Identifying value in B2B segments – it’s not where you always expect it
Size has long been used as a basic indicator of the value that can be obtained from business customers. Operators have traditionally focused on larger organisations. Such an approach can mean opportunities to grow margins can be missed. A different, value-focused approach is required.
Organisational size matters – but it can hide value
The size of an organisation is often used as a factor when creating a B2B focus. For many years, larger organisations have attracted the most attention from operators, with the result that SMEs and SoHo businesses have often been underserved. The old adage “follow the money” held largely true, with the result that corporate accounts were the real focus.
In other words, operators were examining just one key metric – gross revenue – and overlooking factors such as margins secured, as well as growth trends relative to peer organisations.
However, other operators are following a different approach. Some have explicitly – and successfully - targeted SME / SoHo customers from the outset, recognising that the sheer number of such organisations made them a ready (and willing) target. But, there’s another approach that can help operators pinpoint opportunities, regardless of the size of an organisation.
One operator, for example, uses three metrics to drive its efforts to grow B2B revenue. In this model, size is just one factor. It also sought to identify value. By using a number of factors (such as margin as well as gross revenue, frequency of roaming, duration of roaming, and others), a value could be assigned to an organisation, which could then be benchmarked against others in the same sector. Finally, geographic location was included in the model.
The value allocation allowed outliers to be identified – those with value above peers in the same sectors and industries. Such companies provided better margins – and presented an opportunity to drive further revenue with targeted offers. Similarly, companies with lower value could also be targeted for enhancements to move back towards the sector norms. In addition, some locations could be seen as clusters of growth, perhaps due to new, local incubators or policies to attract high-growth start-ups and organisations.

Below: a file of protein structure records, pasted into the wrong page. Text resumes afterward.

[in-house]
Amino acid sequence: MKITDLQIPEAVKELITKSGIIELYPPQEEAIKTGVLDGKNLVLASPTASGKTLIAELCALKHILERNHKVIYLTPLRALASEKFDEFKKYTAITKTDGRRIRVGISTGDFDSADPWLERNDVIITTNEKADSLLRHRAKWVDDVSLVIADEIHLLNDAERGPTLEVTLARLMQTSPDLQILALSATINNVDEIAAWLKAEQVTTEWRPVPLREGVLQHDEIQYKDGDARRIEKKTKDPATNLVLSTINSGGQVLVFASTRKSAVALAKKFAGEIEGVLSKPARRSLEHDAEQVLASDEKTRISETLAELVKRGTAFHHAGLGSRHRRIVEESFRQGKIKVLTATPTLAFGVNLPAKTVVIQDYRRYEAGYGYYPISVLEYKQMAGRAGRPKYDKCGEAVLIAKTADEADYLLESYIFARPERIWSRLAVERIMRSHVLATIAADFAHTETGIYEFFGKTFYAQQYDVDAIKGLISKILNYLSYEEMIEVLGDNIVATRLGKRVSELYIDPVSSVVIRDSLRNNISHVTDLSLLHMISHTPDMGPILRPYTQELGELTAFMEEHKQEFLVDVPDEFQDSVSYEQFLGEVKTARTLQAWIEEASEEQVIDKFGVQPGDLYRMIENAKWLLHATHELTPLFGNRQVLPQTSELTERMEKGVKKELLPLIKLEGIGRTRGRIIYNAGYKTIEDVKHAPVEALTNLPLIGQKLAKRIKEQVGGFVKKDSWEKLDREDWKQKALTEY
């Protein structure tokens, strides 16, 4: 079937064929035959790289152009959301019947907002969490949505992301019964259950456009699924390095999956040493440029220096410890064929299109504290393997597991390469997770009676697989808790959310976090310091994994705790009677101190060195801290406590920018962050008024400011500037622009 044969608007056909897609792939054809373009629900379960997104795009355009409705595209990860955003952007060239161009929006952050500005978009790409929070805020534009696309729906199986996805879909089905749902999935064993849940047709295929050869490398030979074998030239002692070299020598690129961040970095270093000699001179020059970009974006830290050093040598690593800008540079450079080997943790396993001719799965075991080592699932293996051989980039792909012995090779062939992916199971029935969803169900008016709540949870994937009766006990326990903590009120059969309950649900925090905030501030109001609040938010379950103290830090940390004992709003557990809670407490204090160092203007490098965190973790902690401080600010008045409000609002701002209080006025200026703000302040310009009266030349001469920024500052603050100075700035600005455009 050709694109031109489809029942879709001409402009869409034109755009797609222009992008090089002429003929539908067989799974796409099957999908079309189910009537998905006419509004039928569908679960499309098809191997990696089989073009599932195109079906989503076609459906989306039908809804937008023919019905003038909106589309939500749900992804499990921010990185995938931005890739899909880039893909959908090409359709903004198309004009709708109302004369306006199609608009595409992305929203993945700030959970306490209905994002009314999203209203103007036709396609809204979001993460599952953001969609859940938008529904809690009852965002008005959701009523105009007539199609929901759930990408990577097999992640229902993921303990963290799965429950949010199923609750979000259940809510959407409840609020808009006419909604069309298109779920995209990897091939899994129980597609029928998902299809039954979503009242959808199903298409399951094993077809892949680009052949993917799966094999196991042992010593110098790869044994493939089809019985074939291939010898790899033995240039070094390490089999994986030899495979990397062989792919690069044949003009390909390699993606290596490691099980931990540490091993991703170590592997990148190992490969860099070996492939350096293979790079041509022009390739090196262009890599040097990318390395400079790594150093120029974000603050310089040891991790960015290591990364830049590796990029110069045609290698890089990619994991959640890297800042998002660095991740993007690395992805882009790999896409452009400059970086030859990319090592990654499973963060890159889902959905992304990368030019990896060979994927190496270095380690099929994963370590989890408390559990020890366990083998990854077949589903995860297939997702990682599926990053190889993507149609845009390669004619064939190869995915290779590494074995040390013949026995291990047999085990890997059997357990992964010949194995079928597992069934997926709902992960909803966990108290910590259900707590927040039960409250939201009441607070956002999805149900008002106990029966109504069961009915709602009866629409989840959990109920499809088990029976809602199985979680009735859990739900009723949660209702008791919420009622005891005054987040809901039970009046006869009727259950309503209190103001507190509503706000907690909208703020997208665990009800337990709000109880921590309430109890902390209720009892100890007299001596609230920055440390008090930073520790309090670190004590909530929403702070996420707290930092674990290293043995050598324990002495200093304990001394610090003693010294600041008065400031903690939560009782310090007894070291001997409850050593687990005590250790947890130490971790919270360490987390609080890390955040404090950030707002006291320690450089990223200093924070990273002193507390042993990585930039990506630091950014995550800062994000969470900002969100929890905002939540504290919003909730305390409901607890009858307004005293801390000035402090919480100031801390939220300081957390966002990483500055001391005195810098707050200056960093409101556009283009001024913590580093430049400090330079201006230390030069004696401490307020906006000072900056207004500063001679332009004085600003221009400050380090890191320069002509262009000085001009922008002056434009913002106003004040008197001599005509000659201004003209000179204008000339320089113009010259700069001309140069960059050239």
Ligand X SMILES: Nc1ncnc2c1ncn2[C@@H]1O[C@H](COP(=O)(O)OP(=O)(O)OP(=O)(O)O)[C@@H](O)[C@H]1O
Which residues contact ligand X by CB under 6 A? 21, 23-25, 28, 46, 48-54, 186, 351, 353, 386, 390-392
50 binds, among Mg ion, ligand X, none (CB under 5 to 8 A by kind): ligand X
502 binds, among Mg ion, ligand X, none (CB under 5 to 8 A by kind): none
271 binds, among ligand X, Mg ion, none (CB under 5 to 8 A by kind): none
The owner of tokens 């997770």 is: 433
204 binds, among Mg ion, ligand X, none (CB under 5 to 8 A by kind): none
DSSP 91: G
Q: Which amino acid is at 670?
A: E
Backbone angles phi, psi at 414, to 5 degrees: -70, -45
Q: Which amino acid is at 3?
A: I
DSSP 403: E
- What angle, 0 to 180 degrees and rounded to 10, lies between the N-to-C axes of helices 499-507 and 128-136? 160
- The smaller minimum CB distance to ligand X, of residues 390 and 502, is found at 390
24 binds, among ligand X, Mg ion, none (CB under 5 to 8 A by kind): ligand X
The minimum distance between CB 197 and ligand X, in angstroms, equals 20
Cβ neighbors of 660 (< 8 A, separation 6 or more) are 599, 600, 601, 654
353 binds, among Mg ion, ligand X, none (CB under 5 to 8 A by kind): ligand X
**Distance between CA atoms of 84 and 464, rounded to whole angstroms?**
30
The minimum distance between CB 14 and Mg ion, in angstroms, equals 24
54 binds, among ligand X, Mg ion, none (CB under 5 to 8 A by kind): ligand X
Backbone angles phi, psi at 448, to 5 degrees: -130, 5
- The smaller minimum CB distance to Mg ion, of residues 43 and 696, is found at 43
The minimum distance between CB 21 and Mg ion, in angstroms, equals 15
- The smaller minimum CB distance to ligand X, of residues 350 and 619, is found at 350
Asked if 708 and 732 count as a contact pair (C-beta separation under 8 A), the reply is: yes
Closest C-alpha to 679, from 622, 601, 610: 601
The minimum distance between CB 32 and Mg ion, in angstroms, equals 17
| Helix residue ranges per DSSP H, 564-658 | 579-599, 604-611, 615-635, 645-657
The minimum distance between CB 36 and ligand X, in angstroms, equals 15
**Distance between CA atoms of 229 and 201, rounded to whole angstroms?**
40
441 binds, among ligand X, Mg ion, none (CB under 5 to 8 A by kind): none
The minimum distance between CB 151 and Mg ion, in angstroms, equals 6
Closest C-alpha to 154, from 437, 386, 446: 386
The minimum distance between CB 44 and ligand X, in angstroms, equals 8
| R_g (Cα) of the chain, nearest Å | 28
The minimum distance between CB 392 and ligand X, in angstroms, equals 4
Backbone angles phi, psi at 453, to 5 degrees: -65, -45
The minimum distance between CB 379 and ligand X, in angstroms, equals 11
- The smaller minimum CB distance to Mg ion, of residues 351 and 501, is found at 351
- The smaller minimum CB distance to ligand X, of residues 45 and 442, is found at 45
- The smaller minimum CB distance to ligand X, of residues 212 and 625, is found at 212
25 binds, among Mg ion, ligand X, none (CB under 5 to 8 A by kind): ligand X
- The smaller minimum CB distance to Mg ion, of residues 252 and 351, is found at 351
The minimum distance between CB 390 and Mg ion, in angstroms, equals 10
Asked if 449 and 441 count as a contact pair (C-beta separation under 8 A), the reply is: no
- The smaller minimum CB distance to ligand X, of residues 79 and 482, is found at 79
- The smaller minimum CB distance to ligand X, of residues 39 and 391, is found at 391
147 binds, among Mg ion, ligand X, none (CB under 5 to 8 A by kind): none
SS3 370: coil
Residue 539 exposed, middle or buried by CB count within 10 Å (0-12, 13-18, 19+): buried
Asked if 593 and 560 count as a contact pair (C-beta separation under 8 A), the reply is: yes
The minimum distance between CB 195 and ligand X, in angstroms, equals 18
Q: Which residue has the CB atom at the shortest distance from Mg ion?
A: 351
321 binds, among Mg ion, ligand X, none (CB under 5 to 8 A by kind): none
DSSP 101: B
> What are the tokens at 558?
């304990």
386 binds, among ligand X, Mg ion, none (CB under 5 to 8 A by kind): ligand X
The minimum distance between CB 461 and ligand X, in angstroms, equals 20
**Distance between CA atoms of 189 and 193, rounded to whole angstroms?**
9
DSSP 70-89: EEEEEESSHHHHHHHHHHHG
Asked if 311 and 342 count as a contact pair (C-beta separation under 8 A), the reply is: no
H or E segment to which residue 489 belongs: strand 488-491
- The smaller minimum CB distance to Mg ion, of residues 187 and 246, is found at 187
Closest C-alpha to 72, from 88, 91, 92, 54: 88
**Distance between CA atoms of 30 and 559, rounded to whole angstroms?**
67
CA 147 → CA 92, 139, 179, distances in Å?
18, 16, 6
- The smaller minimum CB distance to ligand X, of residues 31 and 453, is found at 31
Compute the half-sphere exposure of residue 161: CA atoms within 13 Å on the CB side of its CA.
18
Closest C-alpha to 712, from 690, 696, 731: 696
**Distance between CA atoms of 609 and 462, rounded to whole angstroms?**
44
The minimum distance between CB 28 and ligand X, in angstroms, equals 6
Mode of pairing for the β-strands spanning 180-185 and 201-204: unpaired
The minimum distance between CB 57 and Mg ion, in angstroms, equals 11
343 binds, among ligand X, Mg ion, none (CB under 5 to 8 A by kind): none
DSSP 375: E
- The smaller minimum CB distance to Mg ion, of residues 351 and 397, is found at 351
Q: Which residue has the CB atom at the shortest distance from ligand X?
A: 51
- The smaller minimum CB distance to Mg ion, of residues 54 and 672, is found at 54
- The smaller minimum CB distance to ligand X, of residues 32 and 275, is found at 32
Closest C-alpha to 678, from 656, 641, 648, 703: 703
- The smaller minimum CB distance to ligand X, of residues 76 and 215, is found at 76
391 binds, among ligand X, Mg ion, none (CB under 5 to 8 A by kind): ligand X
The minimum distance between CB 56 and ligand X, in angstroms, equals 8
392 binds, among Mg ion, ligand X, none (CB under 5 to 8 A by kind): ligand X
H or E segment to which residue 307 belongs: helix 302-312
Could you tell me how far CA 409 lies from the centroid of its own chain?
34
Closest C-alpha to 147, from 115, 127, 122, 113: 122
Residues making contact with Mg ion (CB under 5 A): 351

The results of this approach led to some surprises. Size, while a relevant and useful metric, isn’t necessarily correlated with value. What the operator was looking for was companies that generated better than average margins, while representing a growth opportunity.
Once identified, these companies were assigned account managers, whose task was to present new solutions and to work with the organisation to discover growth opportunities that supported their development.
Know your customer – effective account management
This is an interesting approach, based on a deeper understanding of an organisation and a rejection of legacy approaches that use size alone to assign account management and development teams to companies. The results were positive – while the operator was not the largest in its market, it consistently secured market-leading margins from its customers.
Operators recognise the value of B2B customers. But, traditional approaches may no longer be suitable – they may not reflect the dynamic nature of the business environment, in which size isn’t the key factor. So, when searching for B2B opportunities, it seems the old adage cannot be overlooked – know your customers, so that you can work with those that really need your services.
Identifying organisations with the potential to grow is thus critical, rather than expecting that, simply by being a larger organisation, they will deliver the results and returns you expect. Of course, having identified such organisations, operators need to take steps to build on existing revenue and margins – a topic to which we’ll return in a future post!
Meanwhile, if you would like to talk to our team to see how our experience can help you boost B2B revenue and margin, while converting potential to growth, then please get in touch!